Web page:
Fiction or Fact: That Is the Question by Karen Shughart

If you’ve read any of the books in my Edmund DeCleryk Cozy mystery series, by now you will have noticed that with each murder there’s a historical back story that gives clues as to why the crime occurred.

When I conceived the series I decided to write about what I knew, which meant describing the beauty where we live up here on the southern shore of Lake Ontario: the beaches; fruit orchards; quaint homes and cottages, and the stunning weather that changes with each season. There’s also our close knit and friendly community and a rich tradition of history.

Across the lake lies Canada and in the middle of it, where the depths can reach 800 feet, shipwrecks occurred starting long before the Revolutionary War. The British invaded our village and burned most of it down during the War of 1812, and an active and committed abolitionist movement and the Underground Railroad helped to change the course of history. In the 1920s, rumrunners from Main Duck Island in Prince Edward, Ontario piloted across the lake to Chimney Bluffs-drumlins created by icebergs with a broad beach below-to supply the speakeasies here with booze. During World War II, several prisoner-of-war camps housed German soldiers, one of which has been converted to a state park near our home.

Photo by ArtHouse Studio on Pexels.com

I’ve been asked numerous times, at books talks and signings, about the inclusion of history into my books and the incidents are real. While the historical events are based on actual occurrences, I remind my readers that I write fiction, so history is merely a way to enhance the plot. Mostly, the characters are fictional and the details surrounding the events are figments of my imagination, although I do occasionally slip a real character into the mix.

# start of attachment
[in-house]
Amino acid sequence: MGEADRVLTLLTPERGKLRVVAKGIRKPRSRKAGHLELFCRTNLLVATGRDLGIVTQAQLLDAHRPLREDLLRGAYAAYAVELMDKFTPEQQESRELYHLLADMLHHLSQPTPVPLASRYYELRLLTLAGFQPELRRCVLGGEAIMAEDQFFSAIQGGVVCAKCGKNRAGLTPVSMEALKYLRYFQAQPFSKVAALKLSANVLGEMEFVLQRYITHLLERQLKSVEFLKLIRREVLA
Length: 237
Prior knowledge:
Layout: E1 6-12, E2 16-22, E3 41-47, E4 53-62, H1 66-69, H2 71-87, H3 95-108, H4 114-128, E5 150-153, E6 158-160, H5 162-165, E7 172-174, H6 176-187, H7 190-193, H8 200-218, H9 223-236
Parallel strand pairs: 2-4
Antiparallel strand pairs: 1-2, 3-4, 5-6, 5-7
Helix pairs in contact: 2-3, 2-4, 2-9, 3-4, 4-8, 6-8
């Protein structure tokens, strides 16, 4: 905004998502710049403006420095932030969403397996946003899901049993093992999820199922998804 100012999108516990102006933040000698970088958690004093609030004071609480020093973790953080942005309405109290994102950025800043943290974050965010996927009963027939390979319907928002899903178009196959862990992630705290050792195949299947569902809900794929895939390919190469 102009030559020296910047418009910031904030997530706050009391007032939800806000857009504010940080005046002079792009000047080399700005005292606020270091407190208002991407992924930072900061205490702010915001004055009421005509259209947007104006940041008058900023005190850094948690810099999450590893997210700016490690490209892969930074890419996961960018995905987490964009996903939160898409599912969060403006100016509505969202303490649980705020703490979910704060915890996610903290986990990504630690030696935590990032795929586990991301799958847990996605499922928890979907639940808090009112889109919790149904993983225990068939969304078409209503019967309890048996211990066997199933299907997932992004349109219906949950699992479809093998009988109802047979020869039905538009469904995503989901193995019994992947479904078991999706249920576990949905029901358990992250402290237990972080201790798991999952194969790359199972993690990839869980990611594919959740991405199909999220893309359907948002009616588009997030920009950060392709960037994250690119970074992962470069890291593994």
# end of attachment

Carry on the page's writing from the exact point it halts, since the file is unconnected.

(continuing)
In book one, King George, III had a minor role; in book two, I name-drop Morgan Lewis, the fourth governor of New York and quartermaster general during the War of 1812, whose father was a signer of the Declaration of Independence. In Murder at Freedom Hill, I mention Abe Lincoln  once or twice along with Frederick Douglass and Susan B. Anthony, but only to provide context to the back story.

I just started writing book four in the series, Murder at Chimney Bluffs. It’s early days, so at this point I have no idea who my historical celebrity will be, but whoever it is will have either supported Prohibition or opposed it, or be one of those mysterious crime bosses who organized the trips back and forth across the lake. I’ll figure it out as I move forward.

What I tell my readers is that what I love about writing fiction is that I can pretty much do anything I want with the plot, name dropping and historical events notwithstanding.  I wouldn’t have it any other way.

3 thoughts on “Fiction or Fact: That Is the Question by Karen Shughart

  1. And it gives those of us who like to combine real history with our fiction a chance to do even more research, which we all love! Thanks so much for sharing this story.

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  2. I agree. I use historical happenings in my romance books and sometimes real happenings in my mysteries. While I have fact in my books, I like that I can use fiction to manipulate the story in the direction I want it to go. Great post!

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